It’s one of the wondrous byproducts of my favorite twin concepts, evolution and emergence. Our genes, in their ever-selfish quest for replication, long ago stumbled upon the strategy of motivating their hosts (that’s us) to cooperate with other hosts that have the same genes (that’s not only our children but to some extent everyone we know). Over time, the selection pressures of evolution have locked us into this niche of intelligence and cooperation. Thus emerges evolution’s counter-intuitive result: altruism. We aren’t physically dangerous enough to survive any other way. If we were rattlesnakes, things would be different but we happen to have evolved into a niche of cooperation.

Success in this niche is most certain for those who consistently cooperate, for that makes other people trust you, which redounds to your benefit when you need it most.

Being trustworthy in treating others as you would want them to treat you is the foundation for all morality and ethics. So there you have it. Whether there’s a heaven or not, and whether it’s for everyone or not, the evolutionary pressures of this life have molded most of us into beings who want to be good (most of the time, anyway).

And then there’s the matter of living with ourselves. Most of us look in the mirror at least once a day and we want to like what we see. I wrote about this in Life as Art.

If none of this convinces you, then I ask you to peer into your own soul. Is it really true that you do good only because you want to be rewarded in heaven or avoid God’s punishment? Is it really true that you don’t care about the Good for its own sake? I believe better of you. I hope you believe better of yourself.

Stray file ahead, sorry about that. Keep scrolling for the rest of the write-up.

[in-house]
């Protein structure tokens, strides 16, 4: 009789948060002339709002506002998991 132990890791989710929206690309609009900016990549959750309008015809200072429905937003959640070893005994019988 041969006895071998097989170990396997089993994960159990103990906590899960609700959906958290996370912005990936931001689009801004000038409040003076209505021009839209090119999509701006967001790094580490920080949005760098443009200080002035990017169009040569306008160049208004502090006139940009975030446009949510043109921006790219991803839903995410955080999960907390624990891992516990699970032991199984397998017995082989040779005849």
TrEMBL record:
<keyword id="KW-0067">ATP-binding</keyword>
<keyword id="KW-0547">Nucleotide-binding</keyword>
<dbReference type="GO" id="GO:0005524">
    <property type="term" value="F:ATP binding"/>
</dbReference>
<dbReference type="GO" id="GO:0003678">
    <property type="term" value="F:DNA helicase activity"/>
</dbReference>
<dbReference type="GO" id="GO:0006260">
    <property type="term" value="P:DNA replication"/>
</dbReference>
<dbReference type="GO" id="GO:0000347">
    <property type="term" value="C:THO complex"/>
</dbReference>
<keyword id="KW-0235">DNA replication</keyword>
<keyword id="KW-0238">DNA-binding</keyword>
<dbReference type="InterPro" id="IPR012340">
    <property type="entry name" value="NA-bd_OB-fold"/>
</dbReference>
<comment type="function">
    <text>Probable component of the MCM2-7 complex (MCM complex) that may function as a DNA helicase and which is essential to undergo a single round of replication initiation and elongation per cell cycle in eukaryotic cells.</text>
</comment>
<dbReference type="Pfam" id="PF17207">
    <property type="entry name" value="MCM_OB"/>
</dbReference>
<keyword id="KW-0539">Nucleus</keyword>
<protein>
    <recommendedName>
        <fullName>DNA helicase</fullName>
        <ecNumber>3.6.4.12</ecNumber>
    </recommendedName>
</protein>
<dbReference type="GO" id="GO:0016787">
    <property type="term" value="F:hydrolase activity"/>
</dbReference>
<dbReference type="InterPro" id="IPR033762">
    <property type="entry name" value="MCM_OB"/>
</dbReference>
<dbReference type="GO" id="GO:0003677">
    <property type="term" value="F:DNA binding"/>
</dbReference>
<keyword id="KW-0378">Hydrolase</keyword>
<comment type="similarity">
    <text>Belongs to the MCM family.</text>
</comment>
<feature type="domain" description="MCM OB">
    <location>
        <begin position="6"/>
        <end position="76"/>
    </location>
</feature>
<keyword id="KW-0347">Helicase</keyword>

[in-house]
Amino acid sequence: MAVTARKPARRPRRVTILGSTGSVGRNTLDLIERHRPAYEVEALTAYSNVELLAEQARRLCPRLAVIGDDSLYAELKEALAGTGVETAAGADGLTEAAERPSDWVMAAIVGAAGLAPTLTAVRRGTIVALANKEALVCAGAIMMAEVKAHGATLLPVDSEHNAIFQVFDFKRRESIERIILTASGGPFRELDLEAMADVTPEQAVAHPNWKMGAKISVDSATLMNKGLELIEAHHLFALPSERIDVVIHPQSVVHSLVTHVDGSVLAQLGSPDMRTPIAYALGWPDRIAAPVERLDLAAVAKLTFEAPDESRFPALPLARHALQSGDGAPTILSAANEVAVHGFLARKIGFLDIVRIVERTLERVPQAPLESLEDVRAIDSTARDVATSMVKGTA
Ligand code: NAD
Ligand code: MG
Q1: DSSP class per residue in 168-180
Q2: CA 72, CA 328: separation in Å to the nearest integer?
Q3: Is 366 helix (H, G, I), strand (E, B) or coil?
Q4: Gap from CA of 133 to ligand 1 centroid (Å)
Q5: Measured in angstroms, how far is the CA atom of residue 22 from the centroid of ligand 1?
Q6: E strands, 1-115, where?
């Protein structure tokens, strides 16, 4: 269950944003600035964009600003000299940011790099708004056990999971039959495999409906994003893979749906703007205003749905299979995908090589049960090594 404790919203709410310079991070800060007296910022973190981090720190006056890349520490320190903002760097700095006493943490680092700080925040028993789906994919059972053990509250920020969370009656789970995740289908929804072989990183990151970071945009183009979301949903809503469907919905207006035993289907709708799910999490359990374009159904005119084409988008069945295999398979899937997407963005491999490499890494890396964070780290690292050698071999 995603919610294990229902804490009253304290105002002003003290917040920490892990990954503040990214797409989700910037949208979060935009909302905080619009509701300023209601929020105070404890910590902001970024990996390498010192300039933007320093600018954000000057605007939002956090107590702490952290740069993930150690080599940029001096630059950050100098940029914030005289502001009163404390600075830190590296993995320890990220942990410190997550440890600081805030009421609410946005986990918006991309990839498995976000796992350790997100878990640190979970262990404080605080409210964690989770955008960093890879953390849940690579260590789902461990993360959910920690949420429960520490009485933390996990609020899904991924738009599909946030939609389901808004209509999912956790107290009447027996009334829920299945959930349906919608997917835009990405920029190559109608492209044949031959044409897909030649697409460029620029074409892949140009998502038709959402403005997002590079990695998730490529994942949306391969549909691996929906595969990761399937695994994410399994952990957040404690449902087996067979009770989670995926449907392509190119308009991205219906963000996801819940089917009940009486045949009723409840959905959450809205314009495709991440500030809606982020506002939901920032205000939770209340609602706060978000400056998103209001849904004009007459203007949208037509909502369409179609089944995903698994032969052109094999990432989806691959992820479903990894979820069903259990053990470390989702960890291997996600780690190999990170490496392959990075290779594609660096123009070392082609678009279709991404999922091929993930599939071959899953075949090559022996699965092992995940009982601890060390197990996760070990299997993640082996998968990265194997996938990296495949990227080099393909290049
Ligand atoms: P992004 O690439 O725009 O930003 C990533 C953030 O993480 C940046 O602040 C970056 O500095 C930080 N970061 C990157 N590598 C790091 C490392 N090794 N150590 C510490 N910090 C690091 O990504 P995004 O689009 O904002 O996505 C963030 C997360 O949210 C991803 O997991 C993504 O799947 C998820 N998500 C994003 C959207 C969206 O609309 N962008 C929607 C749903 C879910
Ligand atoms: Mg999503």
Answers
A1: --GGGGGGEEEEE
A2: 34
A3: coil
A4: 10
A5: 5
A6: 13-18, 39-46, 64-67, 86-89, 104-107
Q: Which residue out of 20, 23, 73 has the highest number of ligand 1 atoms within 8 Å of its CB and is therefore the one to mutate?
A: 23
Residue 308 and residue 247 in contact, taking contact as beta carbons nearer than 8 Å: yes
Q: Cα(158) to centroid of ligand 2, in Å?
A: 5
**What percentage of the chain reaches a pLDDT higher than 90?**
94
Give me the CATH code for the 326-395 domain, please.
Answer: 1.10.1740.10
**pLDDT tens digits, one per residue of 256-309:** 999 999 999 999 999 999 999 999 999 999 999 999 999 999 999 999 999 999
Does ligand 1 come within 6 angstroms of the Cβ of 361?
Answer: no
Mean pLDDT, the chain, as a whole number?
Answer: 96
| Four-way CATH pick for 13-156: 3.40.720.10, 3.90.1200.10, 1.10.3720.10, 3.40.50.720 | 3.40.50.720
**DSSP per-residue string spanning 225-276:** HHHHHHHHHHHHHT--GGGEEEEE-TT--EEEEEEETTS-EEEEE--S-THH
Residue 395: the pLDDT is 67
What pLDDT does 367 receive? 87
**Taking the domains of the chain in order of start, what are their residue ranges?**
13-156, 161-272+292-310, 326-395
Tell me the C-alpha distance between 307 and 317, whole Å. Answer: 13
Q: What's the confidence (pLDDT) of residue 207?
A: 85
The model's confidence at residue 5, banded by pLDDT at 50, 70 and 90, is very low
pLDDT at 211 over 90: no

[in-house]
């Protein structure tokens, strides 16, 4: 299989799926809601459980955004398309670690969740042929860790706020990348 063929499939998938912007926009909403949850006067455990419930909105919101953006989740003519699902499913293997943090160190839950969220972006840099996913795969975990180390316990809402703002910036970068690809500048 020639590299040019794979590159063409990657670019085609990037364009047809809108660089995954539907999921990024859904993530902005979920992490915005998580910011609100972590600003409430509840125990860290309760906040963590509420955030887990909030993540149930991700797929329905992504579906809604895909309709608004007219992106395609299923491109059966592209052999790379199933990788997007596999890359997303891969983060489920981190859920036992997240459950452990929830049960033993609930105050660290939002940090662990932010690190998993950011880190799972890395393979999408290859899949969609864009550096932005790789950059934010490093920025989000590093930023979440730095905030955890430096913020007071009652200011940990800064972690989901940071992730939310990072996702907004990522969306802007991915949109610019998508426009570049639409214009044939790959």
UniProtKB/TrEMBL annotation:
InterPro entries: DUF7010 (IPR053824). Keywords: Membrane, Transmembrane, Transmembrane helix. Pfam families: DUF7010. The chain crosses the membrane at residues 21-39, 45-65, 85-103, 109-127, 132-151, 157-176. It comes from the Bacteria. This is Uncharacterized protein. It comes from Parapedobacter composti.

I hope I’ve succeeded in making the case that we have reason to be good if there is no heaven. What about if there is heaven in everyone’s future?

Let’s do a thought-experiment. Suppose that instead of treading this vale of tears for threescore and ten and then passing on to our eternal rest, it worked in the opposite order. Suppose we were living in heaven since eternity past and were birthed into this life as our final stage before we fizzle into nothingness. Wouldn’t every argument I made above still apply?

So what difference does it make if heaven is in the future or the past? It is still the same totality of life, is it not? Whatever diabolical calculation our putative villain could make would turn out the same. A million plus one is the same as one plus a million. If the bad man wants to mess up the “one” part of the sum, then his total Machiavellian calculation will turn out the same either way.

This has been fun to think about, but I admit it’s irrelevant. If one day I arrive in heaven (which I don’t expect) and find that Adolph Hitler himself got there first, I will not be upset. Would you? Really?

Why I Left Evangelical Christianity, Part 6: The God of the Bible

The image of God I received during my 40 years in evangelical churches was overwhelmingly positive. The central message was, “God so loved the world that he gave his one and only Son, so that whoever believes in him shall not perish but have eternal life.” Jesus was our Good Shepherd, faithfully leading and caring for his flock. He sent the Holy Spirit to comfort and teach us.